But the play does make fun of those characters who aren’t intelligent enough to skillfully use artifice to gain their objectives.Bob Acres and Mrs. Malaprop are constantly pretending, but never think strategically about whom they are trying to manipulate. Their artifice is mere pretense, and although it is supposed to convince others that they are intelligent, brave, or deserving of a high place in the social hierarchy, it is transparent to everyone around them and makes them a source of mockery.

Lydia’s principal act of artifice is likewise a failure to use deception strategically. She sends an anonymous letter to herself claiming to know that Captain Absolute is courting another woman and then shows it to Absolute, hoping to quarrel with him and hear his protestations that she is the only one he loves. Since Lydia already has Absolute’s love and doesn’t actually wish to be separated from him by a fight, her artifice is nothing but an impediment to her own happiness. At the same time, however, Lydia’s capacity for trickeryshows the audience that she is not to pitied for being taken in by Absolute. The two lovers are birds of a feather in their willingness to play games with each other’s emotions.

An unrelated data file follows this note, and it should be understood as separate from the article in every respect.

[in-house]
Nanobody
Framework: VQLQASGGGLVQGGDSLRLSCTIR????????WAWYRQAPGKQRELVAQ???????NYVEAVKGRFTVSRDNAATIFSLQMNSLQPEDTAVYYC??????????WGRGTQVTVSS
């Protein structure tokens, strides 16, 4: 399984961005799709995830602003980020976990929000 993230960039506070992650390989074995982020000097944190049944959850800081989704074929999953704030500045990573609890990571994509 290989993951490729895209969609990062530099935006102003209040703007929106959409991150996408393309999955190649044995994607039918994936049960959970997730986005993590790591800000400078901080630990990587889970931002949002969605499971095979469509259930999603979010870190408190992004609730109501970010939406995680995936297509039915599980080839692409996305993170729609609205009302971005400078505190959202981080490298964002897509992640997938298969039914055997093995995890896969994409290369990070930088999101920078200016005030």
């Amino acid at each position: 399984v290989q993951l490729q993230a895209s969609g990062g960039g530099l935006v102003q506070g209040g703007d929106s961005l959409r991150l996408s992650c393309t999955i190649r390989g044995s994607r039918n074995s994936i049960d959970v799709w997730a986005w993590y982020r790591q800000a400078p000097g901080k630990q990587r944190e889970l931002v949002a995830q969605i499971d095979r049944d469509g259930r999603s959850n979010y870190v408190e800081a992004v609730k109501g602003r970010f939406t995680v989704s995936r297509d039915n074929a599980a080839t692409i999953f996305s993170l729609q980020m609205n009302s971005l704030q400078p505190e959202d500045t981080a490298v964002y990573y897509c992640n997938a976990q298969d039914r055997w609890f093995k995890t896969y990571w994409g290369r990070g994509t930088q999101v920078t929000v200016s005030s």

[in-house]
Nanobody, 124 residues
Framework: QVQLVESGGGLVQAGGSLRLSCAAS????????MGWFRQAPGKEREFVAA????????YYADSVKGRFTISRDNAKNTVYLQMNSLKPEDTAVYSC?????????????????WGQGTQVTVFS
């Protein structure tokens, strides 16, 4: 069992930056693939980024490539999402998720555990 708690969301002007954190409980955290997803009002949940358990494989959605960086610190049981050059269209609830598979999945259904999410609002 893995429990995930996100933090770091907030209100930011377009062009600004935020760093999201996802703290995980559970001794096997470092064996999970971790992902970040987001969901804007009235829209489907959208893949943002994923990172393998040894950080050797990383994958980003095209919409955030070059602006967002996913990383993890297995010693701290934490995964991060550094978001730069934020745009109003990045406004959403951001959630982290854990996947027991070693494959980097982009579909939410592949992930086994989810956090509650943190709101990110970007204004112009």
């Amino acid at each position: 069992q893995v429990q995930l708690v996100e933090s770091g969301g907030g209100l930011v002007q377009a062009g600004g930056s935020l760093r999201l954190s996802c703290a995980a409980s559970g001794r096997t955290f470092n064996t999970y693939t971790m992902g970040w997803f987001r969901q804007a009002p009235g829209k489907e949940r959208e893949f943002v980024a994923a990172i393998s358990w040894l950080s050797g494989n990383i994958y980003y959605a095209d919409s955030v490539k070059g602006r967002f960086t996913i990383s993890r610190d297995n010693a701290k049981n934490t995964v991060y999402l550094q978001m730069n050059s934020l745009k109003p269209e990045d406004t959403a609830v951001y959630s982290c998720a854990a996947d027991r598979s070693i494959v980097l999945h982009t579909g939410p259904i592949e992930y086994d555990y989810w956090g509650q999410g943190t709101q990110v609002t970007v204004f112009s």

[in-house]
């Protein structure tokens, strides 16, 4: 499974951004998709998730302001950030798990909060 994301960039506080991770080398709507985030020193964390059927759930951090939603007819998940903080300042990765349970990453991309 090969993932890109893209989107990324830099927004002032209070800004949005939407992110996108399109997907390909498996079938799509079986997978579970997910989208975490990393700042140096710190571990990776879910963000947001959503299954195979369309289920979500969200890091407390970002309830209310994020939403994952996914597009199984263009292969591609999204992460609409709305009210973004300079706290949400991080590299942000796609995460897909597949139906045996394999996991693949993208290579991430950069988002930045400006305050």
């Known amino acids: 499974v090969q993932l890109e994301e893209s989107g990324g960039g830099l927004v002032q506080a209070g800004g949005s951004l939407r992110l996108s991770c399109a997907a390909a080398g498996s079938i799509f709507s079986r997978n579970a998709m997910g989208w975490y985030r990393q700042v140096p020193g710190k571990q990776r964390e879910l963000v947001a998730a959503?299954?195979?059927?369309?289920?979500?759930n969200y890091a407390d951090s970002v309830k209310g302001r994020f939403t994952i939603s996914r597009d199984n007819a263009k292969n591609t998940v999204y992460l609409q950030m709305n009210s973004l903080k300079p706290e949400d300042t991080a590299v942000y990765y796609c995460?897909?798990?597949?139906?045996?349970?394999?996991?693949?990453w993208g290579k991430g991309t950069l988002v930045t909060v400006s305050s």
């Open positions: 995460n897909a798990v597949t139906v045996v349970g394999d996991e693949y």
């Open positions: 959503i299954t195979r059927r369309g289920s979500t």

There is one act of artifice that the play portrays as neither ridiculous nor admirable, though: Faulkland’s lie to Julia when he seeks to test her love for him by suggesting he has killed a man in a duel. Unlike Lydia, Julia has high moral standards, and only uses deceptions to protect Faulkland’s reputation, as when she pretends to be happier than she is. Faulkland already has ample evidence of Julia’s love and so this manipulation is unnecessary for his purposes; his behavior is motivated by an unjustifiable jealousy, making it nothing more than cruel. The play seems to suggest that acts of artifice must be judged both by the skill they display and by the extent to which the target of the deception deserves to be deceived.